When building a design system, we're tasked with striking a balance between what should be modifiable and what must remain fixed. For example, we might want to allow for modifications in a button's position and margin, but maintain strict control over its background color or padding. This approach ensures consistency across components, enabling designers to rapidly construct views without second-guessing how elements should work together.
You may wonder if such constraints stifle creativity. Let's consider the work of architect Bjarke Ingels. In his book Yes is More, Ingels discusses a project for the Tøjhus site in Copenhagen. The building code specified an equation governing the maximum height of buildings concerning their distance from neighboring structures. Rather than circumventing or complaining about the rules, Ingels embraced them:
Instead of ignoring the rules (or just complaining about them), we chose to see what the rules looked like if you took them literally.
Instead of going above and beyond the rules, we decided to push to the edge of the regulations - to inflate our building until it hit the invisible immaterial boundaries to discover the hidden beauty of the bureaucracy
Design boundaries and limitations are inherent in design. When designing for a large brand like Shopify, your work must align with their company while avoiding resemblance to competitors. Instead of perceiving these constraints as handcuffs, use them to challenge your thinking.
Navigating Intentional vs Unintentional Divergence
When a new design deviates from the established design system, we must ask: was this an intentional or unintentional decision?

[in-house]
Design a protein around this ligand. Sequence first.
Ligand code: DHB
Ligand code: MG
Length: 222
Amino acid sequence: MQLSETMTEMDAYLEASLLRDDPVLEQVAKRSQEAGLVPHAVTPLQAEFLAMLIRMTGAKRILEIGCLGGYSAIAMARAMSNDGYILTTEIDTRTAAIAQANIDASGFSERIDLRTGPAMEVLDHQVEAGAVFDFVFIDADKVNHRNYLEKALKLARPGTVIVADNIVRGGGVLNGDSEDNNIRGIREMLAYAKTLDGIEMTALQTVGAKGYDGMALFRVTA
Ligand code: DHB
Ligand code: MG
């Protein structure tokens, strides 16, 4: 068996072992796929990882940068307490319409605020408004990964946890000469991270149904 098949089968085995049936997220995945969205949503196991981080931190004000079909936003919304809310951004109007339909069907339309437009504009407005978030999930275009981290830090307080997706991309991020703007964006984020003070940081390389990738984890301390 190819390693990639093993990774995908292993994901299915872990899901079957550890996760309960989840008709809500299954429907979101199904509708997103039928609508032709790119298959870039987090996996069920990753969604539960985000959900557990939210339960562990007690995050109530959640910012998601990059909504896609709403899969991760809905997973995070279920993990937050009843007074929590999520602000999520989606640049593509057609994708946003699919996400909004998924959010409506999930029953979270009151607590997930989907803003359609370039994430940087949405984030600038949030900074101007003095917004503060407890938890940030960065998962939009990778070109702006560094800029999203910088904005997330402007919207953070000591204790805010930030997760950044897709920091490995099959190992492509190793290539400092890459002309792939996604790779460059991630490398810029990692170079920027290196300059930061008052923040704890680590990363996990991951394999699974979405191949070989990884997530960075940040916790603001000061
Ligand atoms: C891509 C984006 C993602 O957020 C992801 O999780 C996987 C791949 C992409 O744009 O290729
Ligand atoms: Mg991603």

There are three kinds of deviations that come up in a design system:
- Unintentional divergence typically happens when designers can’t find the information they’re looking for. They may not know that a certain solution exists within a system, so they create their own style. Clear, easy-to-find documentation and usage guidelines can help your team avoid unintentional variation.
- Intentional but unnecessary divergence usually results from designers not wanting to feel constrained by the system, or believing they have a better solution. Making sure your team knows how to push back on and contribute to the system can help mitigate this kind of variation.
- Intentional, meaningful divergence is the goal of an expressive design system. In this case, the divergence is meaningful because it solves a very specific user problem that no existing pattern solves.
We want to enable intentional, meaningful variation.- Yesenia Perez-Cruz
As you develop your design system, ensure you strike a balance between expressive patterns and necessary constraints. When a design diverges from an expected pattern, it can offer valuable insight depending on the intention of the design.
Finding that sweet spot between constraints and creative freedom in your design system requires experimentation, open communication, and continuous feedback loops. By embracing this process, you can unlock the hidden beauty within your design system's constraints like Ingels.